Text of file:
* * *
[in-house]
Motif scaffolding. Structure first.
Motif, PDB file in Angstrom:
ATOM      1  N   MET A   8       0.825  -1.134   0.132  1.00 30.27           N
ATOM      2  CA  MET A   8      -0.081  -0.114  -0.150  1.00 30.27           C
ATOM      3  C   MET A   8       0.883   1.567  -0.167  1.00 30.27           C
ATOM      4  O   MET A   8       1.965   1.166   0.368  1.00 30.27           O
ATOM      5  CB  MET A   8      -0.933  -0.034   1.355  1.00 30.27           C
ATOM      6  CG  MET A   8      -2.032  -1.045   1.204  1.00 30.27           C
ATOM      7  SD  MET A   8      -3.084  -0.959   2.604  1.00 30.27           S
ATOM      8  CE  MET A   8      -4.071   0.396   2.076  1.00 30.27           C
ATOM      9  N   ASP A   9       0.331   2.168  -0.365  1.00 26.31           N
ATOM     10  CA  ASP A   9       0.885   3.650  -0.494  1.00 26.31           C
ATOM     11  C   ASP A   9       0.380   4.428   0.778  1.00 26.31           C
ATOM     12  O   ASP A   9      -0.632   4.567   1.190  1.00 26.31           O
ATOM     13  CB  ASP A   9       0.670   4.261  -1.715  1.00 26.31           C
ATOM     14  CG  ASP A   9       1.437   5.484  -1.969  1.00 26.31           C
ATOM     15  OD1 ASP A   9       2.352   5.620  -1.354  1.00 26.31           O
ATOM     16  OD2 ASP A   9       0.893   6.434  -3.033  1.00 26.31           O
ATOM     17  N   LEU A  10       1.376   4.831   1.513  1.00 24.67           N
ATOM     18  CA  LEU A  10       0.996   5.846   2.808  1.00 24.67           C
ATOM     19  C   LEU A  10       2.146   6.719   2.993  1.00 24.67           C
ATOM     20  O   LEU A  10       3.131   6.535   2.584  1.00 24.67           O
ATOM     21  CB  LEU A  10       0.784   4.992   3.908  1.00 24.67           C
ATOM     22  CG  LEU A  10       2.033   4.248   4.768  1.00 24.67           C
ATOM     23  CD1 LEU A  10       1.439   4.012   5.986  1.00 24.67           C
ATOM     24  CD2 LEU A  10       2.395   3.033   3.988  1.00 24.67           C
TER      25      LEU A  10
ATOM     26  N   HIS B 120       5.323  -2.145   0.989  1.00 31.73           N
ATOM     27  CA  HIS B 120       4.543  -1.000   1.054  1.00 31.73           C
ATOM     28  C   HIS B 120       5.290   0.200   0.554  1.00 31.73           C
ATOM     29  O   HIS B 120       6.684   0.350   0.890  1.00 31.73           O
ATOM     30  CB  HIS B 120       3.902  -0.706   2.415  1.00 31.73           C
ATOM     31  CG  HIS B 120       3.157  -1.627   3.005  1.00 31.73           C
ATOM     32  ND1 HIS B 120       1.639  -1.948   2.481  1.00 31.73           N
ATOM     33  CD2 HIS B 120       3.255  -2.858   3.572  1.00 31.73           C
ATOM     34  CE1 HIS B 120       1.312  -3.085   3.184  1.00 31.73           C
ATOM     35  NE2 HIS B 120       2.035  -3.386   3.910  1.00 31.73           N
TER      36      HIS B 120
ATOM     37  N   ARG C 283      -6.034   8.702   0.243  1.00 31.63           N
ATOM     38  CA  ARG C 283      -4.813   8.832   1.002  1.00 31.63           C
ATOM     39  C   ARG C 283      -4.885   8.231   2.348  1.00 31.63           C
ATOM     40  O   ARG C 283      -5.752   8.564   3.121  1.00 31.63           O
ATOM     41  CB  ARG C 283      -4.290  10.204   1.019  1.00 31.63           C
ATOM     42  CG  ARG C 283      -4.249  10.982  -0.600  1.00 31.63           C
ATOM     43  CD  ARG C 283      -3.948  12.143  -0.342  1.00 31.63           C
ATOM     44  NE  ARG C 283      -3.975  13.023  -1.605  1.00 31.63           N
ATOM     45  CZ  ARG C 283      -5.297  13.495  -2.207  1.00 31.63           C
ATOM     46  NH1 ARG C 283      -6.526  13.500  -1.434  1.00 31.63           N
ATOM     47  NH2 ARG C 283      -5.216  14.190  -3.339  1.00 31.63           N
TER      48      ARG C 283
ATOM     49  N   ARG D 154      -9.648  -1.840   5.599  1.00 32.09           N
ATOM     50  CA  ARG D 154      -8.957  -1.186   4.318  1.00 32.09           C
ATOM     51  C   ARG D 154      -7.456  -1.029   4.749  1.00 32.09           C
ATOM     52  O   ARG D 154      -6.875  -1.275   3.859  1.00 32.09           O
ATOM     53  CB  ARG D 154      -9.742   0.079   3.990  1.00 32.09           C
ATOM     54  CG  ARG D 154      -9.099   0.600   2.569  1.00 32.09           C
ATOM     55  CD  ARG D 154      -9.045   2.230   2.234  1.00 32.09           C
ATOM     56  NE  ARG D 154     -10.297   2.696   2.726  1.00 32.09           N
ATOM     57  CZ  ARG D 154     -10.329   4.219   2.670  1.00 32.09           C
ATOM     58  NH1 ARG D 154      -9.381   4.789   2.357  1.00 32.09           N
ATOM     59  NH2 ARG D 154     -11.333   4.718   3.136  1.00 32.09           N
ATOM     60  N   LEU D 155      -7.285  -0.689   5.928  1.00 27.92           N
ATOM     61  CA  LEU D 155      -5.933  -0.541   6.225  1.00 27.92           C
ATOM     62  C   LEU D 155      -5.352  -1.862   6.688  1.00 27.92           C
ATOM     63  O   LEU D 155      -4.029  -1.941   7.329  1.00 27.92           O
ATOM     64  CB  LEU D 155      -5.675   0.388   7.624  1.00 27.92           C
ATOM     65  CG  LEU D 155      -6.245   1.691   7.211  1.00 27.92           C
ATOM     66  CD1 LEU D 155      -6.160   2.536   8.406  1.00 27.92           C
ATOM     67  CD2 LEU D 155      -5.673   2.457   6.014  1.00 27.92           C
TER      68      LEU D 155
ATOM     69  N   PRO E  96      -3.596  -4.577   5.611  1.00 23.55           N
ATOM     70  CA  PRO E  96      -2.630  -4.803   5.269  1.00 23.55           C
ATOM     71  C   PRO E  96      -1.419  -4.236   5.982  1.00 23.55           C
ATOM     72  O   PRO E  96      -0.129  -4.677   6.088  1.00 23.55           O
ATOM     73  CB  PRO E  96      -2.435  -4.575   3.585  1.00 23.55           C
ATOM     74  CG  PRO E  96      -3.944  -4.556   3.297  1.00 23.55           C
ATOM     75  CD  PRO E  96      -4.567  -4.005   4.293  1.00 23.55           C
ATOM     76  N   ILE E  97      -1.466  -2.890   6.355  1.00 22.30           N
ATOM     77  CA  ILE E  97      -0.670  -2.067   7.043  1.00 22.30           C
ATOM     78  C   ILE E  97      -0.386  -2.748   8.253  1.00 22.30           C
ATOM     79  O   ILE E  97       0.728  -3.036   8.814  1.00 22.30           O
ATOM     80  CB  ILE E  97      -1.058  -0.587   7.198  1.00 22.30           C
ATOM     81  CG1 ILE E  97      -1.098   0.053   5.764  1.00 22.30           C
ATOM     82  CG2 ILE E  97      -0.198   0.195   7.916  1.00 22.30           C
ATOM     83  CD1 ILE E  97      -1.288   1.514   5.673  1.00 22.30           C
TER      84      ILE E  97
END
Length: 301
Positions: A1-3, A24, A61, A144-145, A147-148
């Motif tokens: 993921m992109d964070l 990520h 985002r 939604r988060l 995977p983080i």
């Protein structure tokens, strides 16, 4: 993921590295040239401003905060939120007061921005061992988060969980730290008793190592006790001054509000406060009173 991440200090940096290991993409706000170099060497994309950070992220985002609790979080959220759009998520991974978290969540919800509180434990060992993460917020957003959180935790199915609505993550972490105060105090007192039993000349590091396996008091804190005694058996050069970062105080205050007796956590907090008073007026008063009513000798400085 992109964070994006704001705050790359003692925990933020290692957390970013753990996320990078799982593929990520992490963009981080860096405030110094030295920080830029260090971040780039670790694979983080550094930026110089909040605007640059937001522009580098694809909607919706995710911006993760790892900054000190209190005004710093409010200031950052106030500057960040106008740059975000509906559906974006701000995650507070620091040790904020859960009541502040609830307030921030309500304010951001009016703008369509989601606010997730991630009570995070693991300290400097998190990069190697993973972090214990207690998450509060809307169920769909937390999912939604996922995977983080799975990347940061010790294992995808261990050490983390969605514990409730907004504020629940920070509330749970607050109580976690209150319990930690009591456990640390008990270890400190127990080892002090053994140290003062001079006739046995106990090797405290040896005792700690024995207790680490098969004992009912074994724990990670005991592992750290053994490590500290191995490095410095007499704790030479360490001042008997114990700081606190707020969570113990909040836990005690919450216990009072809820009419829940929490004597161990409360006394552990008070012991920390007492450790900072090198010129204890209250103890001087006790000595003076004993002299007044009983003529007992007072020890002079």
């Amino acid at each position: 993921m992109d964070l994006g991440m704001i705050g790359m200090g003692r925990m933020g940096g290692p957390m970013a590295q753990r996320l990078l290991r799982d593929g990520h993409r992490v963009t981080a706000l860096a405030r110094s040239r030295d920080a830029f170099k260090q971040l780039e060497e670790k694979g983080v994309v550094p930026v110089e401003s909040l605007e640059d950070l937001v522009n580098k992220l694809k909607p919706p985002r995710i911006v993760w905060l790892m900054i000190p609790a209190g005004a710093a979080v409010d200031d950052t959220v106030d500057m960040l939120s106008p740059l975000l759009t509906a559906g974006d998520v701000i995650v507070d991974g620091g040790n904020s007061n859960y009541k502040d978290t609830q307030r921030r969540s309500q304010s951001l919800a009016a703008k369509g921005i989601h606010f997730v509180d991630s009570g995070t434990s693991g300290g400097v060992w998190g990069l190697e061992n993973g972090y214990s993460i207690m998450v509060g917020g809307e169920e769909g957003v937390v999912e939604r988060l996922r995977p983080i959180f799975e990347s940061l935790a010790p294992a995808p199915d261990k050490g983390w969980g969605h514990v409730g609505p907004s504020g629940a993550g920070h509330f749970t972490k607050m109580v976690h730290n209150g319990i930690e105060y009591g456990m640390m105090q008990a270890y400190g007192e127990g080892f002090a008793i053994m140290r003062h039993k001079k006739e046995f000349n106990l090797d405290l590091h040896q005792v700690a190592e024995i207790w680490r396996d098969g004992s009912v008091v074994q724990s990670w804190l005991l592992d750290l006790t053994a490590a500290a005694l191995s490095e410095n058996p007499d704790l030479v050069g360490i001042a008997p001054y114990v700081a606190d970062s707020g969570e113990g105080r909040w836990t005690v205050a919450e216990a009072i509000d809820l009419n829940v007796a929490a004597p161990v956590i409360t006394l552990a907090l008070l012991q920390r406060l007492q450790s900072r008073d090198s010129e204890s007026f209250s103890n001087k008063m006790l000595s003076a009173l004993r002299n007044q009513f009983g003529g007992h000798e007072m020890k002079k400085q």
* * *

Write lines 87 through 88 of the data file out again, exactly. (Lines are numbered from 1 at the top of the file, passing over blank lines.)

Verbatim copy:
TER      84      ILE E  97
END